The law recognises that non-executive directors cannot reasonably be expected to have the same detailed knowledge and experience of a company’s affairs as executive directors. When considering whether a non-executive director has breached his or her statutory duty to exercise reasonable care, skill and diligence, a court will be likely to consider what steps a reasonably diligent non-executive director in the same position would have taken to become familiar with the company’s business and operations. Prospective non-executive directors should refer to the elements in the Code which describe the role and responsibilities of a non-executive director as these are likely to be relevant to a court’s assessment of any allegation of breach of duty.
Most executive directors will have a service contract in place with the company which may impose additional contractual duties and responsibilities. However, non-executive directors will typically be engaged under a letter of appointment. If a letter of appointment imposes particularly onerous additional duties and responsibilities then it may be prudent for a prospective director to obtain legal advice on the extent to which such provisions have contractual force.
There are also some circumstances in which the distinction between an executive and non-executive director will be a factor in determining the level of responsibility attributed to them for certain acts. For example, courts will have regard to this distinction in cases of wrongful trading and have previously held that a company’s non-executive directors could not be expected to overrule the executive directors in their specialist fields.
3. Limiting the liability of non-executive directors
The two principal means of protection for a director facing an allegation that he or she has breached his or her duties are to seek recourse from the company using an indemnity, and/or to rely on the company’s directors’ and officers’ liability insurance cover. As part of risk management, a prospective director should make enquiries as to what insurance cover is available to directors and what the company’s policy is on indemnifying directors.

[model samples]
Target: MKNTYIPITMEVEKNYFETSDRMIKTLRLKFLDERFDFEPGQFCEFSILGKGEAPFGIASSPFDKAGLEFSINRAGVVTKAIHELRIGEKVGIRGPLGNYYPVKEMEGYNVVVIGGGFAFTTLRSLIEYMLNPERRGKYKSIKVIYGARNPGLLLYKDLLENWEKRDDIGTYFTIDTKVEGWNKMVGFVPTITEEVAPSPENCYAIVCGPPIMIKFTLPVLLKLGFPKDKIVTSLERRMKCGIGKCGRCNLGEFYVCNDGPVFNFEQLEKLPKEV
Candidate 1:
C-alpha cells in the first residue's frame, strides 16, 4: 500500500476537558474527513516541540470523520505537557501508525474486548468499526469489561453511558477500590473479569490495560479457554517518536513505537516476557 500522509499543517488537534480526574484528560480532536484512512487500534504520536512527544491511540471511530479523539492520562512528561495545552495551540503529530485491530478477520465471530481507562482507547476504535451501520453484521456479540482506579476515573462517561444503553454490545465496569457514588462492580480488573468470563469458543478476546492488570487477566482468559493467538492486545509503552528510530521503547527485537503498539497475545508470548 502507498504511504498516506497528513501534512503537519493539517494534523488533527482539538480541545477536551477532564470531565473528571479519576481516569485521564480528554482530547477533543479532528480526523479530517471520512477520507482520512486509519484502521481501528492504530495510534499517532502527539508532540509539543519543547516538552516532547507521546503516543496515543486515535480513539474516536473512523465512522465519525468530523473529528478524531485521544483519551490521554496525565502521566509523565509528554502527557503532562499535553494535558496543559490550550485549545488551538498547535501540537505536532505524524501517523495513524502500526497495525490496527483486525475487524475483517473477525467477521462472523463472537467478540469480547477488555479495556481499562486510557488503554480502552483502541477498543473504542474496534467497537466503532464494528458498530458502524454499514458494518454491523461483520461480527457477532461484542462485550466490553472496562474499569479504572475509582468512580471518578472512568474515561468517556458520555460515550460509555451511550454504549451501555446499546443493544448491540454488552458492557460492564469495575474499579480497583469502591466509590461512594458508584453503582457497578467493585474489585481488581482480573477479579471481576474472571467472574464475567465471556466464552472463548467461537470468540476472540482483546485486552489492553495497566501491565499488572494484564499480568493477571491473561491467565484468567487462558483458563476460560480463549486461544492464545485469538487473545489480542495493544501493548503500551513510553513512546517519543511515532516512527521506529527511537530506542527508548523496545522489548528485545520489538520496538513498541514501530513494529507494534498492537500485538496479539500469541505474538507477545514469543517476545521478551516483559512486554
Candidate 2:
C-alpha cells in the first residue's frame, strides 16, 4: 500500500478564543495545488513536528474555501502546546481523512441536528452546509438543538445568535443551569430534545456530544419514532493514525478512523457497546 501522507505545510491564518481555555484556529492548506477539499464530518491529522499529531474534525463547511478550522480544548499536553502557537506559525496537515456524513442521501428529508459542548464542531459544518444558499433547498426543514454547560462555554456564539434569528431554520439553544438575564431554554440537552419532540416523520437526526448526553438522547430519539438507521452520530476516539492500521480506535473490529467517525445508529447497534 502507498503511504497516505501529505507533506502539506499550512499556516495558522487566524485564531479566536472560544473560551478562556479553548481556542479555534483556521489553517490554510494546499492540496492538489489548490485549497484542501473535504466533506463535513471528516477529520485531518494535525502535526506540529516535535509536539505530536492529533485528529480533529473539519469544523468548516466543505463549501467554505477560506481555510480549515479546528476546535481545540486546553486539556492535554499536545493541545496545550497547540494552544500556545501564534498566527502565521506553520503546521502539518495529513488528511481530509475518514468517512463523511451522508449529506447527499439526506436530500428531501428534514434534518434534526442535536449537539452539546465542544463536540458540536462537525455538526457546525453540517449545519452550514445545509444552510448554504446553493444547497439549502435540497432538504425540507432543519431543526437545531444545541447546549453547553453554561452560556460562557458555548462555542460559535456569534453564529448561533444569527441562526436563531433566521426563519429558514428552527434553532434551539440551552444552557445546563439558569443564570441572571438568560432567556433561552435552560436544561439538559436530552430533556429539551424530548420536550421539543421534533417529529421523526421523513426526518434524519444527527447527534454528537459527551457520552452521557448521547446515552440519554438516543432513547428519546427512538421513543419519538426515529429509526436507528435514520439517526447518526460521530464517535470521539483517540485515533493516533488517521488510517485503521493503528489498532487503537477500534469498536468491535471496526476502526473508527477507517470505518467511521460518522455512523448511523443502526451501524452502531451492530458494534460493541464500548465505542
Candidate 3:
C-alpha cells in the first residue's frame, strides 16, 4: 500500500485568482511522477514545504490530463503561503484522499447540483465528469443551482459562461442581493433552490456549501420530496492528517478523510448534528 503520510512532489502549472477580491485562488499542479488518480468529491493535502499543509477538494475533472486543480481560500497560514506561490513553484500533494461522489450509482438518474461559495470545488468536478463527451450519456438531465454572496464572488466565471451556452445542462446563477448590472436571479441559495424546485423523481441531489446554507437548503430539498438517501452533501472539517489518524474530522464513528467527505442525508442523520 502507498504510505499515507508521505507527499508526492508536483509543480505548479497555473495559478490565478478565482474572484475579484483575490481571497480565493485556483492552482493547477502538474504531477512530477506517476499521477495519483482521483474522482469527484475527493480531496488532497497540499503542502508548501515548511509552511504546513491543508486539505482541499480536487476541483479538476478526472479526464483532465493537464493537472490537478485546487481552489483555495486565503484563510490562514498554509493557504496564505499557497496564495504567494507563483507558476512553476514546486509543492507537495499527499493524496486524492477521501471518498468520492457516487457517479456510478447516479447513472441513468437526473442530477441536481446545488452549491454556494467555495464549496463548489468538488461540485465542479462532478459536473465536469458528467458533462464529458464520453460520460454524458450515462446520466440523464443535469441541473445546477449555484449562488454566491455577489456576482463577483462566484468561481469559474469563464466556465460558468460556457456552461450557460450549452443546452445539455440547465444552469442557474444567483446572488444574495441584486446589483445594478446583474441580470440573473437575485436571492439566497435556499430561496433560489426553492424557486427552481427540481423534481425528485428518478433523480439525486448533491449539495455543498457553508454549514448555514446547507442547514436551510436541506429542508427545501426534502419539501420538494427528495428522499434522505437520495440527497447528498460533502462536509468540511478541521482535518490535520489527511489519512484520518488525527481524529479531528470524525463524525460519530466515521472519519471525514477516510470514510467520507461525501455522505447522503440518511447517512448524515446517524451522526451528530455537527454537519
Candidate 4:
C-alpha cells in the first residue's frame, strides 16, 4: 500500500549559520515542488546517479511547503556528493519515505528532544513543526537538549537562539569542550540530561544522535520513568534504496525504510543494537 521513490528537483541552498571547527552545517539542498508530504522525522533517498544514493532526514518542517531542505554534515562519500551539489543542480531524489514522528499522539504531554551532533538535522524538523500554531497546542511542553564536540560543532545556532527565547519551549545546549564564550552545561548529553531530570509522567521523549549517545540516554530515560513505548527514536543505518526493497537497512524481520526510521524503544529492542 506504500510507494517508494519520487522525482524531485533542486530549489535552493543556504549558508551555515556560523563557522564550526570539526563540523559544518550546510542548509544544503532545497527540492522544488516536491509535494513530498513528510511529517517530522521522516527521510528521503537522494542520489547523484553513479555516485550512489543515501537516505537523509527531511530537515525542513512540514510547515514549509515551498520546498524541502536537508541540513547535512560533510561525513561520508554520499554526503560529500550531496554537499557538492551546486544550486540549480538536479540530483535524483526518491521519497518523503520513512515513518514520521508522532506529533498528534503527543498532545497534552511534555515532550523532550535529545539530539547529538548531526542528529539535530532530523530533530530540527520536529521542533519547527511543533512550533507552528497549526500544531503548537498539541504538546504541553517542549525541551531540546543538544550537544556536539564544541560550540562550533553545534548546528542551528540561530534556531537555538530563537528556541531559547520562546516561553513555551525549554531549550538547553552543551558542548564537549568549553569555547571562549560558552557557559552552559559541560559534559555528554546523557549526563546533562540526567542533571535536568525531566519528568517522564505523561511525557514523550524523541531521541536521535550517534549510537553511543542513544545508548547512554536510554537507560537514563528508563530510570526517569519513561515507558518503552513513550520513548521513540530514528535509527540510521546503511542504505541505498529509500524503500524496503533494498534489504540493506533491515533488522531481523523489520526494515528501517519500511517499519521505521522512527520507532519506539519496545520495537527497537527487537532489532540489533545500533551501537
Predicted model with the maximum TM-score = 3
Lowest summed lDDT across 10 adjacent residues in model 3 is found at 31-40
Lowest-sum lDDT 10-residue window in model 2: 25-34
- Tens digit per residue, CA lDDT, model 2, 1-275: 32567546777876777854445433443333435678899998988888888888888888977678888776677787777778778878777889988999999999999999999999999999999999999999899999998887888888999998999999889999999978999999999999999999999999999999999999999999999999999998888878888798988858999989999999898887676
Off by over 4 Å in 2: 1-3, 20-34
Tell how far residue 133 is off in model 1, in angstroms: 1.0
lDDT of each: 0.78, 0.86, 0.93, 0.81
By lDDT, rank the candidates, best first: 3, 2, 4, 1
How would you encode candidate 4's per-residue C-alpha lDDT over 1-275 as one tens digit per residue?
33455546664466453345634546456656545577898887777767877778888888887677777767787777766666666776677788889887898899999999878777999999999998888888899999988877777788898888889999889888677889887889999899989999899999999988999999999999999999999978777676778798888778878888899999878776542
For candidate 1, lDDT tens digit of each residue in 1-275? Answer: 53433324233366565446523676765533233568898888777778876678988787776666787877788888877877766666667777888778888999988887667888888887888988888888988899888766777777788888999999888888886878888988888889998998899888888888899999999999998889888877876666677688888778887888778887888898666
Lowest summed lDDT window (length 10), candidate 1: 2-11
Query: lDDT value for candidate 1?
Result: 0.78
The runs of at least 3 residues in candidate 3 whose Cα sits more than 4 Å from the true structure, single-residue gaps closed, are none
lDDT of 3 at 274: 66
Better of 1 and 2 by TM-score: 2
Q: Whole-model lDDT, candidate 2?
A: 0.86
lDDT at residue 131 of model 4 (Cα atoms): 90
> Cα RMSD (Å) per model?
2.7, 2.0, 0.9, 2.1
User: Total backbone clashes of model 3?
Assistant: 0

The scope of any indemnity that a company is able to offer its directors is limited by the provisions of the Companies Act 2006, but in general a director is able to be indemnified against any liability owed to a third party and can ask the company to fund defence costs so long as certain conditions are satisfied and subject to any limits in the articles of association. In terms of directors’ and officers’ insurance, the Code recommends that the company should obtain appropriate insurance cover in respect of legal action against its directors.
4. Actions to be taken by prospective directors before joining a board
Due diligence – prospective non-executive directors should carry out due diligence to establish that the company is an organisation in which the individual can have confidence and make a strong and value added contribution. They should satisfy themselves on issues such as the company’s culture and values, its current financial position, key stakeholders and the company’s strategy. Other important areas to investigate will be the competitive position of the business, threats and opportunities that may impact on that position, and the main challenges that the board faces.